For four years the government was centred undisputedly in the hands of Warwick and his friends. The energy of his brother John, Lord Montagu, frustrated the various attempts of the Lancastrians in the north. In another sphere Warwick himself was determining the lines of English policy on the basis of an alliance with France. The power of the Nevilles seemed to be completed by the promotion of George, the third brother, to be Archbishop of York. The first check came with the announcement in September 1464 of the king's secret marriage to Elizabeth Woodville. This was particularly distasteful to Warwick, who had but just pledged Edward to a French match. For the time, however, there was no open breach. The trouble began in 1466, when Edward first made Rivers, the Queen's father, treasurer, and afterwards threw obstacles in the way of an intended marriage between Warwick's daughter Isabel and George of Clarence, the King's own next brother. Still in May 1467 Warwick went again with the king's assent to conclude a treaty with France. He returned to find that in his absence Edward, under Woodville's influence, had committed himself definitely to the Burgundian alliance.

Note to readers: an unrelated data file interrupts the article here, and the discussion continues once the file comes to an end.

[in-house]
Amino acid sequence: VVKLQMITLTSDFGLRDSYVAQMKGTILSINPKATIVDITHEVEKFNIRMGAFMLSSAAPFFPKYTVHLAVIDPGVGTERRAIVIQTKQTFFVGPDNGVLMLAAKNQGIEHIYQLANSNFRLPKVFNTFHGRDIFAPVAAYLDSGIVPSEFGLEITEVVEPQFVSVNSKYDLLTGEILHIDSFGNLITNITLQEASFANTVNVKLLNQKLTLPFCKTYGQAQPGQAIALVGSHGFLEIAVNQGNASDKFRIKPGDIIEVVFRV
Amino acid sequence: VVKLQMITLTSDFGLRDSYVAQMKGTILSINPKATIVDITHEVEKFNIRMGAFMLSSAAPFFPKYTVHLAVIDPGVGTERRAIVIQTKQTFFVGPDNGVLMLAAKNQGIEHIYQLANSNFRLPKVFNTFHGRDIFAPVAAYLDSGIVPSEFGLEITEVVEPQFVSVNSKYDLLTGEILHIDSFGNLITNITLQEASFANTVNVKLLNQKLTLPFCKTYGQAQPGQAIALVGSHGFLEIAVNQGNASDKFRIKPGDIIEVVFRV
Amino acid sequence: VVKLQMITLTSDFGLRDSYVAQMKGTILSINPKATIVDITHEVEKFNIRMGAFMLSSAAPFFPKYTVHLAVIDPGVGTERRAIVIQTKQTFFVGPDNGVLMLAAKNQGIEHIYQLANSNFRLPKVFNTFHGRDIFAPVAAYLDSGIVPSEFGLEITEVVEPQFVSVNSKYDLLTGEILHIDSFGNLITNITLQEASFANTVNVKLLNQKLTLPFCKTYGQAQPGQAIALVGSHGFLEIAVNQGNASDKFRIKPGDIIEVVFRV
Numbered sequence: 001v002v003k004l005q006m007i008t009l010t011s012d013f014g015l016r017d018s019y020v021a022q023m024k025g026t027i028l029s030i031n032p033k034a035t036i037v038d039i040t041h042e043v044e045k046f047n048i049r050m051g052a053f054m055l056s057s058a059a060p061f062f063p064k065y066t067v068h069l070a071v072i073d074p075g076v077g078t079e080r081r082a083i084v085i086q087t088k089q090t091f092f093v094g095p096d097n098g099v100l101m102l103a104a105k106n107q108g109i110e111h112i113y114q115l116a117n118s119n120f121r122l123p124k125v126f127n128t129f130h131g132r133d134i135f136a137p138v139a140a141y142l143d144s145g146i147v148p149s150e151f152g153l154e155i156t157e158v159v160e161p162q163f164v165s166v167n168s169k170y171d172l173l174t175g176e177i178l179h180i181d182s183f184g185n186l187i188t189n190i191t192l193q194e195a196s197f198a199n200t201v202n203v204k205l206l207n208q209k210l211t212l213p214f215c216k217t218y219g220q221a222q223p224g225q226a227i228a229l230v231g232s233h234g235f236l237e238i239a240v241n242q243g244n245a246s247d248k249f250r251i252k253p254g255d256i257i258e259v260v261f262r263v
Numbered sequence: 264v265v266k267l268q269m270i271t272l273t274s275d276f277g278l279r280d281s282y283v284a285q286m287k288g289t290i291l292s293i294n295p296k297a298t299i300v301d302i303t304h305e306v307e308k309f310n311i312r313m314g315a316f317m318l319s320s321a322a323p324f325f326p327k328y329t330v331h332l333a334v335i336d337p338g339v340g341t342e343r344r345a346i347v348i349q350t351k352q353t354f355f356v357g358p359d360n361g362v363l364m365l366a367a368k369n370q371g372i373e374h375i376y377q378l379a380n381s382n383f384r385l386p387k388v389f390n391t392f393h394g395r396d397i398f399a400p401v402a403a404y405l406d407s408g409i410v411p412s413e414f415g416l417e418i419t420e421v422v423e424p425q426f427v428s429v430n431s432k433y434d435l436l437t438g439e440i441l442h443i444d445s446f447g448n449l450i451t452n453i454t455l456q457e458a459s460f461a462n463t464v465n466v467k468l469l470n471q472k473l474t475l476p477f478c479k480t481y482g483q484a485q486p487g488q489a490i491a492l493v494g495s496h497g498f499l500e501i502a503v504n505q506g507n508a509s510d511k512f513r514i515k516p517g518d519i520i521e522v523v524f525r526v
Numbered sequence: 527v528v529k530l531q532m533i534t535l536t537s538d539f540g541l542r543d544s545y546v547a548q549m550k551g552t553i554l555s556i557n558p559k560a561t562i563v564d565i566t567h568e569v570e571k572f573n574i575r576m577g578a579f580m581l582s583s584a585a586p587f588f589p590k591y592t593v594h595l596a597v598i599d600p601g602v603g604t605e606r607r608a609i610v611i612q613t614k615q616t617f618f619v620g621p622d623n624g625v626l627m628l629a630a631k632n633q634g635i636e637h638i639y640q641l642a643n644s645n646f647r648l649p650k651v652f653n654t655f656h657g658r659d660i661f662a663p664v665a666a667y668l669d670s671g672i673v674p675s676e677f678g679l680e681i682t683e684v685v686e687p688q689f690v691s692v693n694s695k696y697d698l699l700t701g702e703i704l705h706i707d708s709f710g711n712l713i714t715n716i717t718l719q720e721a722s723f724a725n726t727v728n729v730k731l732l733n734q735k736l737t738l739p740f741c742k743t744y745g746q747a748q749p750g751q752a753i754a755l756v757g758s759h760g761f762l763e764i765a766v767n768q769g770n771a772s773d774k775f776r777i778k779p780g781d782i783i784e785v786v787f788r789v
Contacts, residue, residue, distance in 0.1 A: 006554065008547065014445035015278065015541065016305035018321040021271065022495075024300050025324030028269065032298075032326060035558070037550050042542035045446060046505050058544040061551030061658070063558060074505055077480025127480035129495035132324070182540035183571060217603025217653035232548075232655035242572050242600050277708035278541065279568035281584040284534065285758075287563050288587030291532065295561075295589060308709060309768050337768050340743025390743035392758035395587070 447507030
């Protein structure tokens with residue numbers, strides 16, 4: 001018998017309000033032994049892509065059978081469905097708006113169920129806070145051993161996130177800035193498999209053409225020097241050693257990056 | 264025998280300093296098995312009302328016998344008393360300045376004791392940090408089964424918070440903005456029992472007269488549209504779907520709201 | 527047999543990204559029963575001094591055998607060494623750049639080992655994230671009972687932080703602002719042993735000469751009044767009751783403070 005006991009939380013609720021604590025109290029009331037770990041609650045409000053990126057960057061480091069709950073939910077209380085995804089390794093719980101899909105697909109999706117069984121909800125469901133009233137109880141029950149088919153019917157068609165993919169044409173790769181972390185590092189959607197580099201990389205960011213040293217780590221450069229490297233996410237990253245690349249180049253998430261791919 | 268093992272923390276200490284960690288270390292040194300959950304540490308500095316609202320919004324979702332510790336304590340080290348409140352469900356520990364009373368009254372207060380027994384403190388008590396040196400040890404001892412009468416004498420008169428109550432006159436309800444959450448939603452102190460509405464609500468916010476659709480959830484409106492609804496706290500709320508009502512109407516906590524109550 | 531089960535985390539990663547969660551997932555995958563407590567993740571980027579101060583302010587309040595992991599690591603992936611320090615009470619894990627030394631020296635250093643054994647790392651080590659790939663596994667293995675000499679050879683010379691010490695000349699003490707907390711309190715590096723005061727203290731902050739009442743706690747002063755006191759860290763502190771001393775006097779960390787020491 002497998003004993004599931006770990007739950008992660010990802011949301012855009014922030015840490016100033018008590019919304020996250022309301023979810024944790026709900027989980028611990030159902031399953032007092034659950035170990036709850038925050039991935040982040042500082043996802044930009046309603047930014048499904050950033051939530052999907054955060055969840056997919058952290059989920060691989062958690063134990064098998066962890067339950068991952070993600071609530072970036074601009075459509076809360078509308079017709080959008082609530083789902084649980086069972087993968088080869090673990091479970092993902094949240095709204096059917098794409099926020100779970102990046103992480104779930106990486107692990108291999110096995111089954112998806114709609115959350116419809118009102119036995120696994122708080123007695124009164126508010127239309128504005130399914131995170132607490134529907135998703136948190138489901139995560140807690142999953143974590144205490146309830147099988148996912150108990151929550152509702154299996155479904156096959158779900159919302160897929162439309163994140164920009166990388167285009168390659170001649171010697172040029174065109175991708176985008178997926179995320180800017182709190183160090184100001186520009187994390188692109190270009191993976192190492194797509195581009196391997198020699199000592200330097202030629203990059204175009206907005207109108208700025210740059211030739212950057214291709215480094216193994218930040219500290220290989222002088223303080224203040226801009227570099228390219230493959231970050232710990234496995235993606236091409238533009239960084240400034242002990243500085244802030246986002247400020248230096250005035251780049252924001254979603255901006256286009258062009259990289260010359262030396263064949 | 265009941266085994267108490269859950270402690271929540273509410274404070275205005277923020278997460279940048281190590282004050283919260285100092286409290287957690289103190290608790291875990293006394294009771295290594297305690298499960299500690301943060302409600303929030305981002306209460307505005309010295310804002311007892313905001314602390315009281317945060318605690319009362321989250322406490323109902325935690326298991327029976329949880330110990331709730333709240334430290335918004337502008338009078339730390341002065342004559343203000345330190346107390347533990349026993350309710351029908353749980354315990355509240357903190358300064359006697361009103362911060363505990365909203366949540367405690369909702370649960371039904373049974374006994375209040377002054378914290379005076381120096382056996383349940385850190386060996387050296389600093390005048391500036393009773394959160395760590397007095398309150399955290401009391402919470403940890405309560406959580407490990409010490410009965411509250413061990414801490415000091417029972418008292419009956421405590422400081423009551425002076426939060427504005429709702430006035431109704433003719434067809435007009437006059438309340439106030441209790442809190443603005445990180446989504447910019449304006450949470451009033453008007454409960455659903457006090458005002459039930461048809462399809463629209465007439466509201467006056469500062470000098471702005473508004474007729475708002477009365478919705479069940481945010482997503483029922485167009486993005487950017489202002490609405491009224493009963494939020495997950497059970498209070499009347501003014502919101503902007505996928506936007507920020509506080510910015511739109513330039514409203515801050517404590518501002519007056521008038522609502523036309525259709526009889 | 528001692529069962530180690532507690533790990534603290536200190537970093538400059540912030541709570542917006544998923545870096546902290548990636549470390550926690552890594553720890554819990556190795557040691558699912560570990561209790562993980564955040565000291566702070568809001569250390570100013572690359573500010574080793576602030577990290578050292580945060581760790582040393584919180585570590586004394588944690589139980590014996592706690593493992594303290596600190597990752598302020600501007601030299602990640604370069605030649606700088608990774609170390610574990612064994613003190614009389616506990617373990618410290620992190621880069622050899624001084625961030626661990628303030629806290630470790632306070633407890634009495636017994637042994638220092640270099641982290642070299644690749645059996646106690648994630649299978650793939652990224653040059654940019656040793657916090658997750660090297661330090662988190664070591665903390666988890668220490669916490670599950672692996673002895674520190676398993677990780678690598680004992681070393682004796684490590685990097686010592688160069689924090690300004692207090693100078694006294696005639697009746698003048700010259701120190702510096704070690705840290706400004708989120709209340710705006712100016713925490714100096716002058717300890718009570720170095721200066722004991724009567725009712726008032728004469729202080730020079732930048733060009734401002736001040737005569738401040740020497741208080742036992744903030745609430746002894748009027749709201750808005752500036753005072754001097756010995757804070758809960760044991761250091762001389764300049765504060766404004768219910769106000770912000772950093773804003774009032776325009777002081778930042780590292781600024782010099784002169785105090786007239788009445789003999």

Warwick retired in dudgeon to his estates, and began to plot in secret for his revenge. In the summer of 1469 he went over to Calais, where Isabel and Clarence were married without the king's knowledge. Meantime he had stirred up the rebellion of Robin of Redesdale in Yorkshire; and when Edward was drawn north, Warwick invaded England in arms. The King, outmarched and outnumbered, had to yield himself prisoner, whilst Rivers and his son John were executed. Warwick was apparently content with the overthrow of the Woodvilles, and believed that he had secured Edward's submission. In March 1470, a rebellion in Lincolnshire gave Edward an opportunity to gather an army of his own. When the King alleged that he had found proof of Warwick's complicity, the earl, taken by surprise, fled with Clarence to France. There, through the instrumentality of Louis XI, he was with some difficulty reconciled to Margaret of Anjou, and agreed to marry his second daughter to her son.